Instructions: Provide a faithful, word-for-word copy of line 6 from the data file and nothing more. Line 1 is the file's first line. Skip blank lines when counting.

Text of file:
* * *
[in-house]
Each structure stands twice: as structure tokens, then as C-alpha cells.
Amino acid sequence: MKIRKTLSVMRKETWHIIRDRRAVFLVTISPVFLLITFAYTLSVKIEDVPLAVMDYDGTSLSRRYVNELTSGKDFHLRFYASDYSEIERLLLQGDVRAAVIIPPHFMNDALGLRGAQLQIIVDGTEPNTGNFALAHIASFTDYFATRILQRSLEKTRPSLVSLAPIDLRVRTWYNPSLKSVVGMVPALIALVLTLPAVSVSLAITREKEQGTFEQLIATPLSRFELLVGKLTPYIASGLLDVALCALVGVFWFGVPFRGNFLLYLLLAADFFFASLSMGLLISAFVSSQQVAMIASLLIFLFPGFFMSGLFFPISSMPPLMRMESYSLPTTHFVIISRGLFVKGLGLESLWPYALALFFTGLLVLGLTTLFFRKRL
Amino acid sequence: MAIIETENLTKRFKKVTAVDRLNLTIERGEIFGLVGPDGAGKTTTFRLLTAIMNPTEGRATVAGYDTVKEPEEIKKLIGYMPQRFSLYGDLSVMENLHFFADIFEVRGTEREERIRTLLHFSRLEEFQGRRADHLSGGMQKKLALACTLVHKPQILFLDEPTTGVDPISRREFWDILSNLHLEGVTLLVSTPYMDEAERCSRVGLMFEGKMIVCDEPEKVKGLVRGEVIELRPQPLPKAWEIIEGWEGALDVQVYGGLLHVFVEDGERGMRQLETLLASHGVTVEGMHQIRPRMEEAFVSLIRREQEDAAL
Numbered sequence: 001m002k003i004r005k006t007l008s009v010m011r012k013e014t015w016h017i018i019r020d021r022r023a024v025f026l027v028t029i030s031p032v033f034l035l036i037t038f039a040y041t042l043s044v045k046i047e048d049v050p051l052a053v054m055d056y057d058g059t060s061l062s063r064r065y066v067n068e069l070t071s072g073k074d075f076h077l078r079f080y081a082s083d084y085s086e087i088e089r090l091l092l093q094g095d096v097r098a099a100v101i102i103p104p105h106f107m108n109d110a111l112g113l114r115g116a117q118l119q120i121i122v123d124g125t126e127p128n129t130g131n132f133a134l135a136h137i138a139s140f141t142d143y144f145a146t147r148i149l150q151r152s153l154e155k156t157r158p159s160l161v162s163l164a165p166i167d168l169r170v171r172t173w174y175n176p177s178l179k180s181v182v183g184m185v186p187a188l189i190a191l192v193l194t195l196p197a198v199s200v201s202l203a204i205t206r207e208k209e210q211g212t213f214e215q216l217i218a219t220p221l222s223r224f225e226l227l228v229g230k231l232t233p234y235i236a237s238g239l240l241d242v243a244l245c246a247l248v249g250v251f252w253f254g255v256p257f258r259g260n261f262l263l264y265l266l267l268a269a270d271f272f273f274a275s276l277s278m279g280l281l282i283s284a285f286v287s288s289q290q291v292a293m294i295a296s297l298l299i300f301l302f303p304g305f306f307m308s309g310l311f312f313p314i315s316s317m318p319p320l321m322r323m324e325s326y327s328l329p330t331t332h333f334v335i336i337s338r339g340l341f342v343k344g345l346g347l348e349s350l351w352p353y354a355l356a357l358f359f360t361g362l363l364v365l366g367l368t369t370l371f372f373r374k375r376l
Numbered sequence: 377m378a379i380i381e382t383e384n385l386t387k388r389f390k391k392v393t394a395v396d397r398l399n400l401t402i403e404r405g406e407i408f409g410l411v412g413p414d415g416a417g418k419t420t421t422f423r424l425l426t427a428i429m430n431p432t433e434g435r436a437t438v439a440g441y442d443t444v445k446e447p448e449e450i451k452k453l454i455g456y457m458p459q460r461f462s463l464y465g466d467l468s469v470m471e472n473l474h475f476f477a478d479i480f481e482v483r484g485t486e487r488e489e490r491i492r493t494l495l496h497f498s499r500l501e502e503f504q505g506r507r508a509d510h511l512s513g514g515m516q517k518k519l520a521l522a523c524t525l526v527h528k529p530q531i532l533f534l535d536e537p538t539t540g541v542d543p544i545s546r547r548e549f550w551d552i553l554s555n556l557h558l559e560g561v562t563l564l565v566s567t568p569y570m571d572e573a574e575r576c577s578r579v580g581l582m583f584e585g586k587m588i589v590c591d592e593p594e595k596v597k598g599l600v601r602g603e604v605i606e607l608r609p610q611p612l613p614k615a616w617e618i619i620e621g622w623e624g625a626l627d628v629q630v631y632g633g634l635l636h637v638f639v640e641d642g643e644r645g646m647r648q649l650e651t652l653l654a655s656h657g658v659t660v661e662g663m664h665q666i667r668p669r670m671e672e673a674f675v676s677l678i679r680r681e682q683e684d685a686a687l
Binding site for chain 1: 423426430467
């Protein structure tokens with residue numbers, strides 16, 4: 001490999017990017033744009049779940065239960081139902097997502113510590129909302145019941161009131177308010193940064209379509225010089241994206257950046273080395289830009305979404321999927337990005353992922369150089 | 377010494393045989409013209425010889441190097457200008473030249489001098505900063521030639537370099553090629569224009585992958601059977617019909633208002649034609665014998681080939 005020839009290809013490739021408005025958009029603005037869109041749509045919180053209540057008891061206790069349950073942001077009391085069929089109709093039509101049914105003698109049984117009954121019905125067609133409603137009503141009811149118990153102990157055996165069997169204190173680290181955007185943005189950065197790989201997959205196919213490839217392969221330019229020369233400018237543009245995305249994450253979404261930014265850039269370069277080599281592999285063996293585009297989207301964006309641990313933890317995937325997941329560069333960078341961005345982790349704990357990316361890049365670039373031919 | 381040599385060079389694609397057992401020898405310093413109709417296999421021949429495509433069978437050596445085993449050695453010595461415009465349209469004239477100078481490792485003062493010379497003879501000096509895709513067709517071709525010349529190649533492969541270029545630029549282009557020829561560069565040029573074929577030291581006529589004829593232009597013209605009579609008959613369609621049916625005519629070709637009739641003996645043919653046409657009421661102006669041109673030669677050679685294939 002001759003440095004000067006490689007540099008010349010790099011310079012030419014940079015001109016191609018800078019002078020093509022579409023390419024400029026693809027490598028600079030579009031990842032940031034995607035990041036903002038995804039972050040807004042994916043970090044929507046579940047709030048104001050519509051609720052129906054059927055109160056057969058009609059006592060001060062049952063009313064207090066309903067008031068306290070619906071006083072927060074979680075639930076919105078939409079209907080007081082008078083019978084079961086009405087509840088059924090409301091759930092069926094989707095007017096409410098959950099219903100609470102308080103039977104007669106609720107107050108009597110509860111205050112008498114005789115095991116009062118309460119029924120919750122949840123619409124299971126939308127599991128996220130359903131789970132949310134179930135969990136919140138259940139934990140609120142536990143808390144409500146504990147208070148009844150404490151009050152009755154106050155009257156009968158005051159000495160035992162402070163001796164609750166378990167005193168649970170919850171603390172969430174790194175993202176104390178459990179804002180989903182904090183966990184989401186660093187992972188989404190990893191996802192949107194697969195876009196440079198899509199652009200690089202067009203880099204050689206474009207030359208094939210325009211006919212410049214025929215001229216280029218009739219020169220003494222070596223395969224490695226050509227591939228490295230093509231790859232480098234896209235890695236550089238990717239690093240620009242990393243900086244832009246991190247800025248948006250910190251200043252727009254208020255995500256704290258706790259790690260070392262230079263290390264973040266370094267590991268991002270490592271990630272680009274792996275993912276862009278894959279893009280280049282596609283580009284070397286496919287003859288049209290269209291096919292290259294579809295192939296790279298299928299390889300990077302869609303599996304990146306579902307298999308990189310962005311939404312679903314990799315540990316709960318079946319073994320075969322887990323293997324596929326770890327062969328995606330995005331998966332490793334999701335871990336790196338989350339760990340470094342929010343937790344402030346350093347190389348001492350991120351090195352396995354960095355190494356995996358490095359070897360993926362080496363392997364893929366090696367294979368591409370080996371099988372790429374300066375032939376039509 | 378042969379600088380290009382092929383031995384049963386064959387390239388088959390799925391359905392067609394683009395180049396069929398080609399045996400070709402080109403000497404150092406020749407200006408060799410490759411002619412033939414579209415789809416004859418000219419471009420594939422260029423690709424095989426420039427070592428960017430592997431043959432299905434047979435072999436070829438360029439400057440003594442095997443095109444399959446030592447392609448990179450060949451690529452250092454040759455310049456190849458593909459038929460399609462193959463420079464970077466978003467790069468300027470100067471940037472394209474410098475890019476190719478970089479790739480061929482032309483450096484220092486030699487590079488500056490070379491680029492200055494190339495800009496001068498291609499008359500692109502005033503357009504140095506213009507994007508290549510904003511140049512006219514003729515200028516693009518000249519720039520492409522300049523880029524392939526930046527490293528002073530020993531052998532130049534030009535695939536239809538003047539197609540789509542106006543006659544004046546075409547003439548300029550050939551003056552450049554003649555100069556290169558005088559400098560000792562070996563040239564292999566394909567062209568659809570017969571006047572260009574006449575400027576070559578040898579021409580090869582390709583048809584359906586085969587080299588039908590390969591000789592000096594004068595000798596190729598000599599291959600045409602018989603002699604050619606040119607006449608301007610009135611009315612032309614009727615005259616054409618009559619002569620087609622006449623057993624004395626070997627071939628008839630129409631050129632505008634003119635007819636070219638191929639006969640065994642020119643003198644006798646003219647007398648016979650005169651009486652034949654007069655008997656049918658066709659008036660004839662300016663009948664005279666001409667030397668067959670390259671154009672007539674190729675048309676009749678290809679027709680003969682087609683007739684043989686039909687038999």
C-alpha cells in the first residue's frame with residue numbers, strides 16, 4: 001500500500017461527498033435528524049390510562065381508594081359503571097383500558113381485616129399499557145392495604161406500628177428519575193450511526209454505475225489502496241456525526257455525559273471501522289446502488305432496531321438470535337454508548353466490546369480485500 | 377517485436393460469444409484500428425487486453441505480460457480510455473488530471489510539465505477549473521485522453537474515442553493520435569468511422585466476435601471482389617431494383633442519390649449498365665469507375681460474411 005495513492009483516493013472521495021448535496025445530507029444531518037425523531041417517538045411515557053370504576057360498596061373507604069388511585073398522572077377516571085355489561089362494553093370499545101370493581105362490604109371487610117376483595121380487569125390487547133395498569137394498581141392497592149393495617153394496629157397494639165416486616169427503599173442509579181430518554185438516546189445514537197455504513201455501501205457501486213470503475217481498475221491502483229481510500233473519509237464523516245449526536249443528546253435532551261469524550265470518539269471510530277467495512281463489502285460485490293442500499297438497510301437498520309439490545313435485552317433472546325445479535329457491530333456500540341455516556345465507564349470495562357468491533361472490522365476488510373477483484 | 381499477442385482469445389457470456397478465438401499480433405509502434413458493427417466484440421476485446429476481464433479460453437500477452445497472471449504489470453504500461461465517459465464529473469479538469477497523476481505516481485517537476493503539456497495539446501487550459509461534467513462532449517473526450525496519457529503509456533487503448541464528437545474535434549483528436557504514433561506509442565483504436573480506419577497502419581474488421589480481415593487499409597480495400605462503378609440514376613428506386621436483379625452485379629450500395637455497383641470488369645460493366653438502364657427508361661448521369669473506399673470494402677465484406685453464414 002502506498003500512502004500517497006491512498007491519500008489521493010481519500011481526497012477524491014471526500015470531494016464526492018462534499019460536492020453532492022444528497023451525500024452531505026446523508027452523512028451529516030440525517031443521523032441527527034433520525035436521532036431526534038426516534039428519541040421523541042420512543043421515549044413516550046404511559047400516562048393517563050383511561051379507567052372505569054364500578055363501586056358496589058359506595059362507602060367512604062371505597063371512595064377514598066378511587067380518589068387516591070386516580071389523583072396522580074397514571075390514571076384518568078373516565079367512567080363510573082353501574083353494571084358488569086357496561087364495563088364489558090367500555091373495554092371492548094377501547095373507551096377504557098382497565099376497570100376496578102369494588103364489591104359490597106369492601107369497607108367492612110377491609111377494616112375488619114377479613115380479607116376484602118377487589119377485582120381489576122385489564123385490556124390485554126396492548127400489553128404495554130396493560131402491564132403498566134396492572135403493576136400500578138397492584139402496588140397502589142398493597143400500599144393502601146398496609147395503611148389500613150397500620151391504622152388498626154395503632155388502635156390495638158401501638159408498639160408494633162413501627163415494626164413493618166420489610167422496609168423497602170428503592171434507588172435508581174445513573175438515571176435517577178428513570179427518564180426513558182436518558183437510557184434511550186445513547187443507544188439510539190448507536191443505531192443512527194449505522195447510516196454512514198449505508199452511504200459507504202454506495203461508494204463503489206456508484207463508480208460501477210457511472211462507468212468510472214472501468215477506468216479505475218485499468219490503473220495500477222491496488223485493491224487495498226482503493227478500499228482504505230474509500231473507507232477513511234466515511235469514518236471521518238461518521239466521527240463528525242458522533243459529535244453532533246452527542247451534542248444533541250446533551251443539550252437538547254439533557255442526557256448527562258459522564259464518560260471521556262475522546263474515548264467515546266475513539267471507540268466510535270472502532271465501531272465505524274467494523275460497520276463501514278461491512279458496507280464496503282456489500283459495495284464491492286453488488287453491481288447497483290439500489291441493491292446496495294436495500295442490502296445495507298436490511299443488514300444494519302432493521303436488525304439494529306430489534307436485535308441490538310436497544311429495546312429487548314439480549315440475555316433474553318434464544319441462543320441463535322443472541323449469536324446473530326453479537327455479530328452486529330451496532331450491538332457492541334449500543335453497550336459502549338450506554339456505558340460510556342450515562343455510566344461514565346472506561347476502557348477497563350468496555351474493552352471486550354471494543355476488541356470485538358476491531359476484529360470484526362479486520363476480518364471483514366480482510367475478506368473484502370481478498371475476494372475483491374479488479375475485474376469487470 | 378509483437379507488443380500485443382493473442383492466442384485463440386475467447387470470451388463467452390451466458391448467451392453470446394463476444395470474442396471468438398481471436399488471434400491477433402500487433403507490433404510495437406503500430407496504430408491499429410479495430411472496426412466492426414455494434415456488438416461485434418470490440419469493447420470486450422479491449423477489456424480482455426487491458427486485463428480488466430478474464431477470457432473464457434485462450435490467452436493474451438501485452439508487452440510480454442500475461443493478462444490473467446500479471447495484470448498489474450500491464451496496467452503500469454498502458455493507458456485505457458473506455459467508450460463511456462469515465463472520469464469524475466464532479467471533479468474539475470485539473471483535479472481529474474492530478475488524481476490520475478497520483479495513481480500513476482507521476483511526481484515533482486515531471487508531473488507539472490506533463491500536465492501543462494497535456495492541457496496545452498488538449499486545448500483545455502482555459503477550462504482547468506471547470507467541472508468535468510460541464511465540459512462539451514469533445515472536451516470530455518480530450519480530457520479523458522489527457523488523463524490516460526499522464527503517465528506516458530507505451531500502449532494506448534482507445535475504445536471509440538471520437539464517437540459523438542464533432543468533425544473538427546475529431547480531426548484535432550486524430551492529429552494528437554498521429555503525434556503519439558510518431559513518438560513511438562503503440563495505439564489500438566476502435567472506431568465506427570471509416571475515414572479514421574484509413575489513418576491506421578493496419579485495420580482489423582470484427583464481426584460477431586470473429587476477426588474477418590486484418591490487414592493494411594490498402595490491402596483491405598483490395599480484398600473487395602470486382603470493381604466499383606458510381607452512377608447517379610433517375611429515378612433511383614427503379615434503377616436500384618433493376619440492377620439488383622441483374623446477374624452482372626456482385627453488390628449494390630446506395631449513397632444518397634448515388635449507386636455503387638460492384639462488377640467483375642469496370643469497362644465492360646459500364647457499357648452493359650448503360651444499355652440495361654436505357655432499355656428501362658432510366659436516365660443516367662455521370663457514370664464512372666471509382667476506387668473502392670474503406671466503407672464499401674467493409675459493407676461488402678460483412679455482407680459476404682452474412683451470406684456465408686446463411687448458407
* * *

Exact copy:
Numbered sequence: 377m378a379i380i381e382t383e384n385l386t387k388r389f390k391k392v393t394a395v396d397r398l399n400l401t402i403e404r405g406e407i408f409g410l411v412g413p414d415g416a417g418k419t420t421t422f423r424l425l426t427a428i429m430n431p432t433e434g435r436a437t438v439a440g441y442d443t444v445k446e447p448e449e450i451k452k453l454i455g456y457m458p459q460r461f462s463l464y465g466d467l468s469v470m471e472n473l474h475f476f477a478d479i480f481e482v483r484g485t486e487r488e489e490r491i492r493t494l495l496h497f498s499r500l501e502e503f504q505g506r507r508a509d510h511l512s513g514g515m516q517k518k519l520a521l522a523c524t525l526v527h528k529p530q531i532l533f534l535d536e537p538t539t540g541v542d543p544i545s546r547r548e549f550w551d552i553l554s555n556l557h558l559e560g561v562t563l564l565v566s567t568p569y570m571d572e573a574e575r576c577s578r579v580g581l582m583f584e585g586k587m588i589v590c591d592e593p594e595k596v597k598g599l600v601r602g603e604v605i606e607l608r609p610q611p612l613p614k615a616w617e618i619i620e621g622w623e624g625a626l627d628v629q630v631y632g633g634l635l636h637v638f639v640e641d642g643e644r645g646m647r648q649l650e651t652l653l654a655s656h657g658v659t660v661e662g663m664h665q666i667r668p669r670m671e672e673a674f675v676s677l678i679r680r681e682q683e684d685a686a687l